Structure in General
- Built as a monument to Irwin S. Chanin (see Irwin S. Chanin), a graduate of Cooper Union who became a major New York developer of the 1920s.
- Chanin himself had his own offices on the 50th and 51st floors of the tower that were famous for a theater and an award-winning bathroom.
- To attract tenants, the owner provided centralized services at the base of the building including an underground connection to Grand Central Terminal and ground-floor commercial spaces.
- A movie theater and a subterranean bus terminal were included in the original project but no longer remain.
- Above the base, the tower's steel frame is clad in buff brick and terra cotta and it is set back in conformance with the 1916 Zoning Law.
- At the top, the skyscraper is capped by a dramatic crown that was once illuminated at night.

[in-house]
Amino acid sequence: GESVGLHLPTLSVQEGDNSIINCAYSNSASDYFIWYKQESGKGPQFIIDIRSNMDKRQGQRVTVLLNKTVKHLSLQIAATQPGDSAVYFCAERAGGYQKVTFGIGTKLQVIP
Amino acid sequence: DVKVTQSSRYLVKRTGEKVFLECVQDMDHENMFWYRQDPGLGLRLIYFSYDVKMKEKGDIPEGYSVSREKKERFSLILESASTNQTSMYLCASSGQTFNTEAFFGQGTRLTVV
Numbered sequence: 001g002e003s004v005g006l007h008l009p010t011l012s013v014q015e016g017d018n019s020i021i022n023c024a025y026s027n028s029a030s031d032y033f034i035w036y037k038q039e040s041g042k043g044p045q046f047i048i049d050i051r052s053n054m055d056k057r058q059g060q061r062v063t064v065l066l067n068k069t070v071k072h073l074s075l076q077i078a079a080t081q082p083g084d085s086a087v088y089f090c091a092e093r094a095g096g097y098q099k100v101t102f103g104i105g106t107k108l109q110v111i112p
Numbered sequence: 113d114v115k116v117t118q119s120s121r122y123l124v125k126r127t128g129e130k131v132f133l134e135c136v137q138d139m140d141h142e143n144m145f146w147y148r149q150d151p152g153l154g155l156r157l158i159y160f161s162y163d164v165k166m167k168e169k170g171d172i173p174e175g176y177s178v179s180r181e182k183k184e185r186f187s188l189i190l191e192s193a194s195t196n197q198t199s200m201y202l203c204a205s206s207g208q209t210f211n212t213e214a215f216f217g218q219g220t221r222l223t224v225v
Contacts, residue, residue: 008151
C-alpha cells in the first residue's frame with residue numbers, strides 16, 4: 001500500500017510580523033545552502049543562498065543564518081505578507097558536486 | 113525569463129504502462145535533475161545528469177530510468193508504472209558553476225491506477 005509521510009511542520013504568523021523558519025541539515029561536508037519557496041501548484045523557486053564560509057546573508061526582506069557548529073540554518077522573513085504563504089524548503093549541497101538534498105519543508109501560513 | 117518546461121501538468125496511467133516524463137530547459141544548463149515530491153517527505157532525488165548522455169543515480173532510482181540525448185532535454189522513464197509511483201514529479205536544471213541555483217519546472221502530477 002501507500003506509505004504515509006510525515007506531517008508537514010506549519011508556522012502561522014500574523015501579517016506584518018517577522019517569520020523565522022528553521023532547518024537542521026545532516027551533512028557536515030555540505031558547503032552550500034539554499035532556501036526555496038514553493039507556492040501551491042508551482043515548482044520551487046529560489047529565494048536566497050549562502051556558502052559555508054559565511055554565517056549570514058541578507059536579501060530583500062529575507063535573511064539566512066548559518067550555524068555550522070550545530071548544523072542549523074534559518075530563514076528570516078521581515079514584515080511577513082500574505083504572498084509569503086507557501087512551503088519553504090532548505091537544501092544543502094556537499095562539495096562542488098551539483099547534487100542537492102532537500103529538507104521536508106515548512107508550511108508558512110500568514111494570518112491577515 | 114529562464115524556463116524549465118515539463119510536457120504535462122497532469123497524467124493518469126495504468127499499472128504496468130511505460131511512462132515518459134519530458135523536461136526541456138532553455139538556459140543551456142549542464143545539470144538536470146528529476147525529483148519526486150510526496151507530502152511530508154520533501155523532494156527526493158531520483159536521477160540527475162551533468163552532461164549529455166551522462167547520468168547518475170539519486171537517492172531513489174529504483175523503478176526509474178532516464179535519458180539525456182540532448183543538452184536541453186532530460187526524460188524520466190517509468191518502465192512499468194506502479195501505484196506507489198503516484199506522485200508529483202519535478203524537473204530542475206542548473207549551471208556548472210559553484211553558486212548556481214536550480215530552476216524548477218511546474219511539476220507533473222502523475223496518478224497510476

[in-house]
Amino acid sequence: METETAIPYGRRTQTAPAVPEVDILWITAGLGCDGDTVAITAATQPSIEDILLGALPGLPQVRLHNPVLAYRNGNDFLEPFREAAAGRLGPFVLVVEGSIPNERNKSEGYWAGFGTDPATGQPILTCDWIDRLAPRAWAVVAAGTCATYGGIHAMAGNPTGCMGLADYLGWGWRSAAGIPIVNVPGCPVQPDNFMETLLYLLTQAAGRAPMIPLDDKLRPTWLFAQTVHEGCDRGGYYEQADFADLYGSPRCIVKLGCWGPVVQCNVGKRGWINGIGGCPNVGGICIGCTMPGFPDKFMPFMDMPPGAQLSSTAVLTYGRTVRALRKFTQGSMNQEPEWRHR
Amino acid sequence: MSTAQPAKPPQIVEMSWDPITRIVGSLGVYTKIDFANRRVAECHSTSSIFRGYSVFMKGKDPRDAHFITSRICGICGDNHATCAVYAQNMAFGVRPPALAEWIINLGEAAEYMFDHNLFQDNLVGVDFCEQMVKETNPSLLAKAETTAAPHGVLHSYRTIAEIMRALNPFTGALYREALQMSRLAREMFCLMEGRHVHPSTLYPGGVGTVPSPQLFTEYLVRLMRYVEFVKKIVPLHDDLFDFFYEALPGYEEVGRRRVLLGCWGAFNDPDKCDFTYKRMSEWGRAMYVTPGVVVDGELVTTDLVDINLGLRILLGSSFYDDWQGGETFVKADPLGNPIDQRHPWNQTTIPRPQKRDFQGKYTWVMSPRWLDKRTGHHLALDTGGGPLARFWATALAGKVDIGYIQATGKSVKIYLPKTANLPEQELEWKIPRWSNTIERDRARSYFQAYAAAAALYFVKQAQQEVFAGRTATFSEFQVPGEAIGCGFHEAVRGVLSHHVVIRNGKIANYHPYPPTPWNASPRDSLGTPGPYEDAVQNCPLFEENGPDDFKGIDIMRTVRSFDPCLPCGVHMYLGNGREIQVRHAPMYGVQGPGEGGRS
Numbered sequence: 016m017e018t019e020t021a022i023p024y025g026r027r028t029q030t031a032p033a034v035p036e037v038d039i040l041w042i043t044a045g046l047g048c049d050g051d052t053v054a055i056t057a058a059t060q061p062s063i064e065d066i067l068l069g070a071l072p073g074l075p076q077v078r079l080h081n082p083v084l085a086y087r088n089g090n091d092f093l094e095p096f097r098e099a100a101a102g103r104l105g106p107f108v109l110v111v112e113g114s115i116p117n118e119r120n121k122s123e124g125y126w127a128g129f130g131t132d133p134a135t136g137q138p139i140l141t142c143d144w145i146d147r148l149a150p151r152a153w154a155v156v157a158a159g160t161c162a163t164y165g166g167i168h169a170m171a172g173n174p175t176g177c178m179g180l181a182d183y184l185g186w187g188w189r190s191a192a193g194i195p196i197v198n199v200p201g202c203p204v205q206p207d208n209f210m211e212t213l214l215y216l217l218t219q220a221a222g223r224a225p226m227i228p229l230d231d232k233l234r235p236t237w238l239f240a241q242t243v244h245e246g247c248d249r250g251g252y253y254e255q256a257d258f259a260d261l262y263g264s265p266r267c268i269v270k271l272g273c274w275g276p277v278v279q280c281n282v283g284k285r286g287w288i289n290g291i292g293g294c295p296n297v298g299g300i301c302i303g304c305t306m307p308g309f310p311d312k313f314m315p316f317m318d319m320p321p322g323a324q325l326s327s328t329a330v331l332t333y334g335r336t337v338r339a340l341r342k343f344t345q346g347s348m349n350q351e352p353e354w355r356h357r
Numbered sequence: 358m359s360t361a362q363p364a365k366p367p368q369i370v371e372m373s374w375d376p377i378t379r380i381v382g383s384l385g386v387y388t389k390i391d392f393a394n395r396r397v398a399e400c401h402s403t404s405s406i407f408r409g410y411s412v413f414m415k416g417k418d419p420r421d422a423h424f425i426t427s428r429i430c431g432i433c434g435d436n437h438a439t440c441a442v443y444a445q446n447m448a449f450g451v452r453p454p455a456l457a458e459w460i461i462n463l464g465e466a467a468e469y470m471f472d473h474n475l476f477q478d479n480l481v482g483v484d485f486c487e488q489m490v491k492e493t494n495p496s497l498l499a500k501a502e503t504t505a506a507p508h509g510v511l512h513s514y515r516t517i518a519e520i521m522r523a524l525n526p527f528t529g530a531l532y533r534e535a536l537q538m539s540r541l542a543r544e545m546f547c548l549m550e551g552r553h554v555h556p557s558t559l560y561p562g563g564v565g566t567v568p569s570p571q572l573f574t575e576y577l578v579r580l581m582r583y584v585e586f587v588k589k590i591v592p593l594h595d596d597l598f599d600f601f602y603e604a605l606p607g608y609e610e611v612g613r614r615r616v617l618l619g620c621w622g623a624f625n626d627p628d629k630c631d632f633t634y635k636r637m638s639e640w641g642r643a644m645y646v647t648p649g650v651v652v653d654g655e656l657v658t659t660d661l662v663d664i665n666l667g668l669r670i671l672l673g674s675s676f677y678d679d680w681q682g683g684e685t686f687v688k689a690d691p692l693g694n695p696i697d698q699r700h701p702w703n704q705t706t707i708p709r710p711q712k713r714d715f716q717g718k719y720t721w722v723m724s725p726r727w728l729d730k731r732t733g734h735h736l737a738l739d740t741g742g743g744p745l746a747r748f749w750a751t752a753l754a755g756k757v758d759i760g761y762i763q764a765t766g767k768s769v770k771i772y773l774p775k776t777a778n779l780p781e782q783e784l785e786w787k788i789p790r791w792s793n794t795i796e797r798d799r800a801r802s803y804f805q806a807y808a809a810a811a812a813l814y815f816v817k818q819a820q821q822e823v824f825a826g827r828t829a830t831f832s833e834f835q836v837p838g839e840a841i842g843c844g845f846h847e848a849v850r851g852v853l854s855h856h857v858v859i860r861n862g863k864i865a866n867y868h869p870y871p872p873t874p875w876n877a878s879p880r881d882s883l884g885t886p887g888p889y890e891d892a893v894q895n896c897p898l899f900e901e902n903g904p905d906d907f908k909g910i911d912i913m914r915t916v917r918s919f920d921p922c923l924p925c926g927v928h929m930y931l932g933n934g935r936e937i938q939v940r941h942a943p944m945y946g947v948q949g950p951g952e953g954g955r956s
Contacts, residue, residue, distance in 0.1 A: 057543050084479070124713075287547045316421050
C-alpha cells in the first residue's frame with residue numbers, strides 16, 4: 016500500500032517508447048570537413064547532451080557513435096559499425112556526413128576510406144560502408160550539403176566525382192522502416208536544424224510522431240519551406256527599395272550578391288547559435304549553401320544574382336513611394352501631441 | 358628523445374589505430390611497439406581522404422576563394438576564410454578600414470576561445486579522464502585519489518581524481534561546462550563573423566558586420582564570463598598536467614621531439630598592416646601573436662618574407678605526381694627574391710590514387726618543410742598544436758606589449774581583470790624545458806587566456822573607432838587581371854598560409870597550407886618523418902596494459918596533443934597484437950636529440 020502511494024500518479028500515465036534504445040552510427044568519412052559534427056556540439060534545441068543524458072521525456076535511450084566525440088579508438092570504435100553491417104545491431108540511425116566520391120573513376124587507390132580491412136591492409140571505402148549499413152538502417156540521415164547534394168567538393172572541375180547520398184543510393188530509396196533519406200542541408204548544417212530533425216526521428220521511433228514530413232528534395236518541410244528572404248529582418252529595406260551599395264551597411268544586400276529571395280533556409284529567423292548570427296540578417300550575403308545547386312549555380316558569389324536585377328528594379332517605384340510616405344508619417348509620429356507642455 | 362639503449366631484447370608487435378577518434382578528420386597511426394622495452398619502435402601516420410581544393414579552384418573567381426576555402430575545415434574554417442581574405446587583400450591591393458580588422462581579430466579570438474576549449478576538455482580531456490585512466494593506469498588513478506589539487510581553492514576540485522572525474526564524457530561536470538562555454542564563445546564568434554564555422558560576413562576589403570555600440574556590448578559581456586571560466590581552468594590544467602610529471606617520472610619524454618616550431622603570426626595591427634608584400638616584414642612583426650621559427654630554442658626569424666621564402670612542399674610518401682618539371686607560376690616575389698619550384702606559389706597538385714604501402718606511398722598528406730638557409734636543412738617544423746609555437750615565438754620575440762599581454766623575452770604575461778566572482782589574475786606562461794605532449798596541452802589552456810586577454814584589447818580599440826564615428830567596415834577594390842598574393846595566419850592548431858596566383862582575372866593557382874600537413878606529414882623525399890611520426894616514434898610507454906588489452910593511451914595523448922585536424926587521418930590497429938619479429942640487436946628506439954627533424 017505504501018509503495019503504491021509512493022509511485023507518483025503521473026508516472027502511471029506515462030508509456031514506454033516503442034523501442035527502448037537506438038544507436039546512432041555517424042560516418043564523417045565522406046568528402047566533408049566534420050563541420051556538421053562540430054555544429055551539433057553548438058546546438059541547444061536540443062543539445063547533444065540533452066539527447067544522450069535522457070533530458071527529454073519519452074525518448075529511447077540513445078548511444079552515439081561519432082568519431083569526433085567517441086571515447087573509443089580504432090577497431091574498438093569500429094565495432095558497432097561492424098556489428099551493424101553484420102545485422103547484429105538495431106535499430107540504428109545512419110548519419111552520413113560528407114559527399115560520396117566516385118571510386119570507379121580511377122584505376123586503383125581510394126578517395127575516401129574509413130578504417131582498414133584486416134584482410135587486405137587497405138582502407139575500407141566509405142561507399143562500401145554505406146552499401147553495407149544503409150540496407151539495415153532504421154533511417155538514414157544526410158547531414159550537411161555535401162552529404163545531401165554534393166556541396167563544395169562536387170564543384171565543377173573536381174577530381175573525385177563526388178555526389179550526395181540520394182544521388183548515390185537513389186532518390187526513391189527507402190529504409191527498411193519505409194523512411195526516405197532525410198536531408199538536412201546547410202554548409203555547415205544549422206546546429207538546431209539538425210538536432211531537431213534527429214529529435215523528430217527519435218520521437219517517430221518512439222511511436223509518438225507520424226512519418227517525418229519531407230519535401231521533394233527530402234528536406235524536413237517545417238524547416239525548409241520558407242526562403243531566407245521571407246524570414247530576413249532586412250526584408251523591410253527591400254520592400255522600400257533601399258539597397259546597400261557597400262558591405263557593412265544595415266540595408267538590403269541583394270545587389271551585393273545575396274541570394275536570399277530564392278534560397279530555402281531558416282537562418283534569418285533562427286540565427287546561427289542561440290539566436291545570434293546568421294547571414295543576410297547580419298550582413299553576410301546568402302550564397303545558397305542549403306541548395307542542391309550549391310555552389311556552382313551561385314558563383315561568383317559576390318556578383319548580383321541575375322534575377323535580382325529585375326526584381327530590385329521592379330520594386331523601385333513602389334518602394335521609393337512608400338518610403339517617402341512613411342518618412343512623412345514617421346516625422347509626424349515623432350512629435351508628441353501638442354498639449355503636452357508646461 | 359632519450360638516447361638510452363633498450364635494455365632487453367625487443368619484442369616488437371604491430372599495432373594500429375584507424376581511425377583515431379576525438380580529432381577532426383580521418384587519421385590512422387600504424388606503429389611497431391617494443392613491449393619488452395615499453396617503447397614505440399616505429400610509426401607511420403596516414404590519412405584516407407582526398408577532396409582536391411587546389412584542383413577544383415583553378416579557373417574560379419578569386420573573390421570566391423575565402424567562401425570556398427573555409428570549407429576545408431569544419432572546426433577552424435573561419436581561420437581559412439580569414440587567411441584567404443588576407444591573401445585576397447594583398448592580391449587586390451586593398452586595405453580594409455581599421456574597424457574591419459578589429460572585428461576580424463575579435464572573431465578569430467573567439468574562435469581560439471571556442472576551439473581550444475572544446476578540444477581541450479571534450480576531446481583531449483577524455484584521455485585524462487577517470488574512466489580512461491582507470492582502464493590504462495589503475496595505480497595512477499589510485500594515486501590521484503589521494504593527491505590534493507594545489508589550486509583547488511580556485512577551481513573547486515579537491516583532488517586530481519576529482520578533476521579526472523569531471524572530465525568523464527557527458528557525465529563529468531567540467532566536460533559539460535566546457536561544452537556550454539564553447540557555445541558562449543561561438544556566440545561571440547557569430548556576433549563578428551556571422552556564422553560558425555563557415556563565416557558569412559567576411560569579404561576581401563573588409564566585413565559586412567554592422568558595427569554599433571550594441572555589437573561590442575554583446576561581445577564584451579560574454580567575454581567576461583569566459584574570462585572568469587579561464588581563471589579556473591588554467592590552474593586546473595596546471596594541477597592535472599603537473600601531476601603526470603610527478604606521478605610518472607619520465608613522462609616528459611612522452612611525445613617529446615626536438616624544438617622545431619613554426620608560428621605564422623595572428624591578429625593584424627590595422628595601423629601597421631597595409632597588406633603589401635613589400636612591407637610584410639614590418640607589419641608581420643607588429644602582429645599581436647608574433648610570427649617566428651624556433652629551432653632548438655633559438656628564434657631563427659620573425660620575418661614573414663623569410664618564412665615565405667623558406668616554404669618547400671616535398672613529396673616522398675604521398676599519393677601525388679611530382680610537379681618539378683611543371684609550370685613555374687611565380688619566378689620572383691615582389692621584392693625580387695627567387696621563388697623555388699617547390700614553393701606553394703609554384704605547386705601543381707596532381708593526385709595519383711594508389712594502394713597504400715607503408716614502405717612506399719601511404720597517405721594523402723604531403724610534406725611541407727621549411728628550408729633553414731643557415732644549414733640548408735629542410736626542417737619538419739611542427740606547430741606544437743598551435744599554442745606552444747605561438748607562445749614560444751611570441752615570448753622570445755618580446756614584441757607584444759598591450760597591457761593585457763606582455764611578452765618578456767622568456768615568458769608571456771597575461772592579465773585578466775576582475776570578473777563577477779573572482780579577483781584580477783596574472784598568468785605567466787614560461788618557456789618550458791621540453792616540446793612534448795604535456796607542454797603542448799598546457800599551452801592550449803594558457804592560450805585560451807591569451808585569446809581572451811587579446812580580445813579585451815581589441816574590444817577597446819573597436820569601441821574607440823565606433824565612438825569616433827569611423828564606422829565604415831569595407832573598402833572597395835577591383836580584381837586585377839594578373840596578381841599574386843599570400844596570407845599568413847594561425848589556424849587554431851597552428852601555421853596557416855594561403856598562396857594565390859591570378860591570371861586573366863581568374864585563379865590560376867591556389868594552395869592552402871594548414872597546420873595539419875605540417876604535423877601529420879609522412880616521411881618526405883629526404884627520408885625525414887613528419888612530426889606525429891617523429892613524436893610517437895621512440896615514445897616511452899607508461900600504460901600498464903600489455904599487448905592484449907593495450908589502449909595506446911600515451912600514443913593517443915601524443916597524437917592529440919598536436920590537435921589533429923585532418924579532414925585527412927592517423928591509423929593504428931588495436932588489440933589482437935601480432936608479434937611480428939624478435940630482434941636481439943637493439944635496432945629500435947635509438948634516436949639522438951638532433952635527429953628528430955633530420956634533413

- Inside the lobby, the walls are decorated with reliefs by set-designer Jacques Delamarre and Renee Chambellan that represent "The City of Opportunity" and "The Active Life of the Individual," the latter perhaps a reference to Chanin's own rise to power and wealth.
- The facade illustrates the introduction of colored glass, stone and metal on the exterior of tall buildings.
- In contrast to its neighbor, Grand Central Terminal, the Chanin Building's Art Deco facade represents a turn away from the Beaux Arts style towards a more humanistic and modern imagery appropriate to the industrial age.
- 3rd tallest building in the world, when it was completed.
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Also recorded for this building:
developer, general contractor, steel supplier
Features & Amenities
- City landmark